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Stem Cells Undo Birth Defects

By Jocelyn Rice

Repairing damage: Neural stem cells, tagged green with a fluorescent dye, have been transplanted among the brain cells (red) of a mouse born with brain damage after its mother was given heroin during pregnancy. Transplants like this one seemed to effectively reverse the cellular, biochemical, and behavioral defects suffered by heroin-damaged mice.
Credit: Joseph Yanai

By injecting stem cells directly into the brain, scientists have successfully reversed neural birth defects in mice whose mothers were given heroin during pregnancy. Even though most of the transplanted cells did not survive, they induced the brain's own cells to carry out extensive repairs.

Transplanted stem cells have previously shown promise in reversing brain damage caused by strokes, as well as by neurological diseases like Parkinson's, Alzheimer's, and Huntington's. But their use in treating birth defects is relatively new. In recent years, a handful of research teams have been developing stem-cell-based therapies for rodents with real or simulated birth defects in the brain.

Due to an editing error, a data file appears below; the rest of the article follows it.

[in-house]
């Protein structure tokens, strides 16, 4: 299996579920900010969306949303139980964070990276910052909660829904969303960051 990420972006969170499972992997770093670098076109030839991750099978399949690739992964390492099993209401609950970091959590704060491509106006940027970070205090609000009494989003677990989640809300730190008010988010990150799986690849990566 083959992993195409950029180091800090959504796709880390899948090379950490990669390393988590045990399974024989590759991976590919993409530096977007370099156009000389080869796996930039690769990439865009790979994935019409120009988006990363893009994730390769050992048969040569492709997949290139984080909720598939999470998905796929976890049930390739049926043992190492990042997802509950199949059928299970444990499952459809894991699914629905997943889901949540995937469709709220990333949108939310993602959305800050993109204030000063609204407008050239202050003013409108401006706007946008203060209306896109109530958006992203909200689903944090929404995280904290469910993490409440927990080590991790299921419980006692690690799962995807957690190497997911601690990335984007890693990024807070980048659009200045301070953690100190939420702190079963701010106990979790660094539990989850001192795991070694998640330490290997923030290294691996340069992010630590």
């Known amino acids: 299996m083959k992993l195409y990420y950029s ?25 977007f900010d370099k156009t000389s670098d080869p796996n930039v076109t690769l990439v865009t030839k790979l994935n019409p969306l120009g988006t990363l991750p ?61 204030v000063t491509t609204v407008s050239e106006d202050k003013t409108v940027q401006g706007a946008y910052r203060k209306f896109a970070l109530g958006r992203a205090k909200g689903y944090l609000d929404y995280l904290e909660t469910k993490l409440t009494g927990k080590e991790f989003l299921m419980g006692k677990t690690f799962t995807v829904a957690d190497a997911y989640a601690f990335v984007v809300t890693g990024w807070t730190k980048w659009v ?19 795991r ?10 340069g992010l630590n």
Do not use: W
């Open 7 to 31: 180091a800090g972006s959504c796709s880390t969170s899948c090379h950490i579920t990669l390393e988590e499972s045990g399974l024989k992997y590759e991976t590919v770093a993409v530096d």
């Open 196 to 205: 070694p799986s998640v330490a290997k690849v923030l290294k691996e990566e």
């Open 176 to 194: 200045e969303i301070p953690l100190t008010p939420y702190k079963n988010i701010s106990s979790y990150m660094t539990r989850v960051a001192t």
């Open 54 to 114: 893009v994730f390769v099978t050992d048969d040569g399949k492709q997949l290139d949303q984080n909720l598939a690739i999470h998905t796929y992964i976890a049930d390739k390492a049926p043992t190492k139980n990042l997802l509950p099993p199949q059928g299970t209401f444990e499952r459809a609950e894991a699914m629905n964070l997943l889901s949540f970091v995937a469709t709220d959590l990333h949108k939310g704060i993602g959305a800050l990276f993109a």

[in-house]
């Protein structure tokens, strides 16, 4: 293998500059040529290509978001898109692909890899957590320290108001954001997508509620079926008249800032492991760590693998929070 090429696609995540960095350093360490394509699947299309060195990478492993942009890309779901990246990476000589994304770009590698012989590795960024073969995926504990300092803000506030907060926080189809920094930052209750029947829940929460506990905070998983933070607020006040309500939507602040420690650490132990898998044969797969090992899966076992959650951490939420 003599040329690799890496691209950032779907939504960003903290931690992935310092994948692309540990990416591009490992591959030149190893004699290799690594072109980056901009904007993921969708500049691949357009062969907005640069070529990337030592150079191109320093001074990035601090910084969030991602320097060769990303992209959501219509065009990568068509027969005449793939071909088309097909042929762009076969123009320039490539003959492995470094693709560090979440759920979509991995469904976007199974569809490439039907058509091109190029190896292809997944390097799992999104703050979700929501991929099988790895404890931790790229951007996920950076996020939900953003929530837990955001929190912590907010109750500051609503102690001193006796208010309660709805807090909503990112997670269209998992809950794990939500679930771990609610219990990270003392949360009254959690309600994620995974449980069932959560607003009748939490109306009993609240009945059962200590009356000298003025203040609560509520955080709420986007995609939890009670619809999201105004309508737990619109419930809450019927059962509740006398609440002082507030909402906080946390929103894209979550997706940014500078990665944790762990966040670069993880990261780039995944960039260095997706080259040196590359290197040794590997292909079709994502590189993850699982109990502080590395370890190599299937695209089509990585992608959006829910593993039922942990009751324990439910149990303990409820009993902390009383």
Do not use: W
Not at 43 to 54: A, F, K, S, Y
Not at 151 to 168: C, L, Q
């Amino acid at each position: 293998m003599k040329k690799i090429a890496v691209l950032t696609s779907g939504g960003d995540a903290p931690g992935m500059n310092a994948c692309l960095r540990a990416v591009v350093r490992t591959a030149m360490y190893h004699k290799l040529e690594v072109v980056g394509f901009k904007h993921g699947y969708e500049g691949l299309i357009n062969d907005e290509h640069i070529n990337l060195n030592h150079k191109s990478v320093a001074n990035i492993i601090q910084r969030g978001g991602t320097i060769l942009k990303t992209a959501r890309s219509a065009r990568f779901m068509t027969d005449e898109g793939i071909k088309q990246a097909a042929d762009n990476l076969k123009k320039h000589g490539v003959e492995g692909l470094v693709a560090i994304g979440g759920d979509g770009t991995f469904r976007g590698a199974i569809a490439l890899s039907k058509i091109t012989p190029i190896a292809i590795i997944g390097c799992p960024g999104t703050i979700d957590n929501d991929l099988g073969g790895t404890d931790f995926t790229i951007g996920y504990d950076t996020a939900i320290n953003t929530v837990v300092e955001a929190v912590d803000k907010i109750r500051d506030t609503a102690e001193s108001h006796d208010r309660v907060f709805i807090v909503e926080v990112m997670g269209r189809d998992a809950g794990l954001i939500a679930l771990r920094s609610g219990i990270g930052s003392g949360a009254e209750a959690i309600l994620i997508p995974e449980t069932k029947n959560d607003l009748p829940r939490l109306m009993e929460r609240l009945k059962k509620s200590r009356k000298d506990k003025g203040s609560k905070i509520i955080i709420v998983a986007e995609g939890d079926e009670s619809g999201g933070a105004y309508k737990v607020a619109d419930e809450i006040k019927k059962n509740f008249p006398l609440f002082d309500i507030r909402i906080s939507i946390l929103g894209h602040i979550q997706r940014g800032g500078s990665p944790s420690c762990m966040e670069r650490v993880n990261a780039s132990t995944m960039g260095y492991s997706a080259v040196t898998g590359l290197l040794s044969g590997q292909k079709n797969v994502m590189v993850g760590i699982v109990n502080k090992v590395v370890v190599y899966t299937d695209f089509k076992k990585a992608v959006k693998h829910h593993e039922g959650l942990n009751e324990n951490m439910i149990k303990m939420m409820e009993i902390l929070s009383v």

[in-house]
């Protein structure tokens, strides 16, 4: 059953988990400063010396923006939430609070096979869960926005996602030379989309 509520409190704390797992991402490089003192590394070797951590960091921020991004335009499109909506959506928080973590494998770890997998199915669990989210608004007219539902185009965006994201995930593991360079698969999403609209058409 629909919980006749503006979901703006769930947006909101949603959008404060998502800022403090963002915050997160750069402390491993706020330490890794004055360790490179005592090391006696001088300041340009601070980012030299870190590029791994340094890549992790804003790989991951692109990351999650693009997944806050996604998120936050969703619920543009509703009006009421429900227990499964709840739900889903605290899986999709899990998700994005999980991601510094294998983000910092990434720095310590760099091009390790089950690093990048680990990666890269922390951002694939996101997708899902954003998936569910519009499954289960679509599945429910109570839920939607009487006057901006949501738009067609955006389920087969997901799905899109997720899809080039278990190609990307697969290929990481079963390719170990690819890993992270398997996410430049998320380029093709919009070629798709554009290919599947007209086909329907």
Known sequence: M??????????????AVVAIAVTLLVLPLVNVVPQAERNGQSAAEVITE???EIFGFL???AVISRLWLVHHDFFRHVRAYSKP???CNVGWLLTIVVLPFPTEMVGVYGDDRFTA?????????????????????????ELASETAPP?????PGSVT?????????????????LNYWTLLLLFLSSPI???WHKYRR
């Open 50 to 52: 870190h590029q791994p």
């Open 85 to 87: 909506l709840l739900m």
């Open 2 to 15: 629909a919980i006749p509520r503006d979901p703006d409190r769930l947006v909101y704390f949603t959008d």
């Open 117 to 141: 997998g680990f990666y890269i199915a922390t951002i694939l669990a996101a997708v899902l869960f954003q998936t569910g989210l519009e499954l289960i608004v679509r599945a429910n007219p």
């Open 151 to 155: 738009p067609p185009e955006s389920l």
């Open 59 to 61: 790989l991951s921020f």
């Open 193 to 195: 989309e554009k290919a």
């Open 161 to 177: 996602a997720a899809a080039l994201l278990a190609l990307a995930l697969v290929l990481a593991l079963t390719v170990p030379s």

Joseph Yanai, director of the Ross Laboratory for Studies in Neural Birth Defects at the Hebrew University-Hadassah Medical School, in Jerusalem, says that stem-cell therapies are ideal for treating birth defects where the mechanism of damage is multifaceted and poorly understood. "If you use neural stem cells," says Yanai, "they are your little doctors. They're looking for the defect, they're diagnosing it, and they're differentiating into what's needed to repair the defect. They are doing my job, in a way."

Yanai and his colleagues began with mice that had been exposed to heroin in the womb. These mice suffer from learning deficits; when placed in a tank of murky water, for instance, they take longer than normal mice to find their way back to a submerged platform. And in their hippocampus--an area of the brain associated with memory and navigation--critical biochemical pathways are disrupted, and fewer new cells are produced.